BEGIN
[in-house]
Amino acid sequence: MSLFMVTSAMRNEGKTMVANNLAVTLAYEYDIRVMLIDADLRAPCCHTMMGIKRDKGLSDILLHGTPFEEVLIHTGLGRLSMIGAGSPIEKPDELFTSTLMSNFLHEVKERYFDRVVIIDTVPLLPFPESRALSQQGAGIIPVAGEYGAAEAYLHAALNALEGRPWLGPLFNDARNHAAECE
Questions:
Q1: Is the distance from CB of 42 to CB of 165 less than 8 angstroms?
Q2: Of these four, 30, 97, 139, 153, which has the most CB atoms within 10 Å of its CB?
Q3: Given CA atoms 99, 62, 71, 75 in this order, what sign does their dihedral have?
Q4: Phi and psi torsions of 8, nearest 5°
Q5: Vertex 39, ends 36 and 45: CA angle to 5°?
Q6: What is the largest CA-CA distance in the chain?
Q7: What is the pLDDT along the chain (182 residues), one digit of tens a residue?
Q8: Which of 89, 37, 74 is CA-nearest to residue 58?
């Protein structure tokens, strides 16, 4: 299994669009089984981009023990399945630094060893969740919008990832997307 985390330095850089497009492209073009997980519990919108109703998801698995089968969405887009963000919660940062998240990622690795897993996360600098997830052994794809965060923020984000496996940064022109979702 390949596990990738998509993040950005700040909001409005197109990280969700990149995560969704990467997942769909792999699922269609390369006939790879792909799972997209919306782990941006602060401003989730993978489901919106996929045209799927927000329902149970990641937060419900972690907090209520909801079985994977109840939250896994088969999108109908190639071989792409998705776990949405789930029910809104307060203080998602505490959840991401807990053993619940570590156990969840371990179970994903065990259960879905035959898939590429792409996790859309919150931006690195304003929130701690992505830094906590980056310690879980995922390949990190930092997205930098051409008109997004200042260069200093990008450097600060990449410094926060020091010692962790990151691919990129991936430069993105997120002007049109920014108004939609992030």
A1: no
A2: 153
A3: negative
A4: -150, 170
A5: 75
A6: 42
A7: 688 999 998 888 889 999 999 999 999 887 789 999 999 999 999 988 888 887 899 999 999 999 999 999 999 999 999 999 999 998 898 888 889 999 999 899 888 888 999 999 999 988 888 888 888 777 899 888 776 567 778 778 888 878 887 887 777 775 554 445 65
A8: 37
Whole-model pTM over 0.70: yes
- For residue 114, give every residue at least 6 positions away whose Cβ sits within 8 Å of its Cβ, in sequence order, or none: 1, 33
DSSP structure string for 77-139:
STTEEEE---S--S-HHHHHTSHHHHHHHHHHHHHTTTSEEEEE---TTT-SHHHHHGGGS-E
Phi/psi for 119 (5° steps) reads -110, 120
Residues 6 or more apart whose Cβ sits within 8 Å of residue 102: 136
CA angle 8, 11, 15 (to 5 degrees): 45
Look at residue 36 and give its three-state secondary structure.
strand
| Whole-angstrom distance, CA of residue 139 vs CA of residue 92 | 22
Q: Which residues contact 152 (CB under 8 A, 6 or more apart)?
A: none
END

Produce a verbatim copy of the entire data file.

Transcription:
[in-house]
Amino acid sequence: MSLFMVTSAMRNEGKTMVANNLAVTLAYEYDIRVMLIDADLRAPCCHTMMGIKRDKGLSDILLHGTPFEEVLIHTGLGRLSMIGAGSPIEKPDELFTSTLMSNFLHEVKERYFDRVVIIDTVPLLPFPESRALSQQGAGIIPVAGEYGAAEAYLHAALNALEGRPWLGPLFNDARNHAAECE
Questions:
Q1: Is the distance from CB of 42 to CB of 165 less than 8 angstroms?
Q2: Of these four, 30, 97, 139, 153, which has the most CB atoms within 10 Å of its CB?
Q3: Given CA atoms 99, 62, 71, 75 in this order, what sign does their dihedral have?
Q4: Phi and psi torsions of 8, nearest 5°
Q5: Vertex 39, ends 36 and 45: CA angle to 5°?
Q6: What is the largest CA-CA distance in the chain?
Q7: What is the pLDDT along the chain (182 residues), one digit of tens a residue?
Q8: Which of 89, 37, 74 is CA-nearest to residue 58?
């Protein structure tokens, strides 16, 4: 299994669009089984981009023990399945630094060893969740919008990832997307 985390330095850089497009492209073009997980519990919108109703998801698995089968969405887009963000919660940062998240990622690795897993996360600098997830052994794809965060923020984000496996940064022109979702 390949596990990738998509993040950005700040909001409005197109990280969700990149995560969704990467997942769909792999699922269609390369006939790879792909799972997209919306782990941006602060401003989730993978489901919106996929045209799927927000329902149970990641937060419900972690907090209520909801079985994977109840939250896994088969999108109908190639071989792409998705776990949405789930029910809104307060203080998602505490959840991401807990053993619940570590156990969840371990179970994903065990259960879905035959898939590429792409996790859309919150931006690195304003929130701690992505830094906590980056310690879980995922390949990190930092997205930098051409008109997004200042260069200093990008450097600060990449410094926060020091010692962790990151691919990129991936430069993105997120002007049109920014108004939609992030």
A1: no
A2: 153
A3: negative
A4: -150, 170
A5: 75
A6: 42
A7: 688 999 998 888 889 999 999 999 999 887 789 999 999 999 999 988 888 887 899 999 999 999 999 999 999 999 999 999 999 998 898 888 889 999 999 899 888 888 999 999 999 988 888 888 888 777 899 888 776 567 778 778 888 878 887 887 777 775 554 445 65
A8: 37
Whole-model pTM over 0.70: yes
- For residue 114, give every residue at least 6 positions away whose Cβ sits within 8 Å of its Cβ, in sequence order, or none: 1, 33
DSSP structure string for 77-139:
STTEEEE---S--S-HHHHHTSHHHHHHHHHHHHHTTTSEEEEE---TTT-SHHHHHGGGS-E
Phi/psi for 119 (5° steps) reads -110, 120
Residues 6 or more apart whose Cβ sits within 8 Å of residue 102: 136
CA angle 8, 11, 15 (to 5 degrees): 45
Look at residue 36 and give its three-state secondary structure.
strand
| Whole-angstrom distance, CA of residue 139 vs CA of residue 92 | 22
Q: Which residues contact 152 (CB under 8 A, 6 or more apart)?
A: none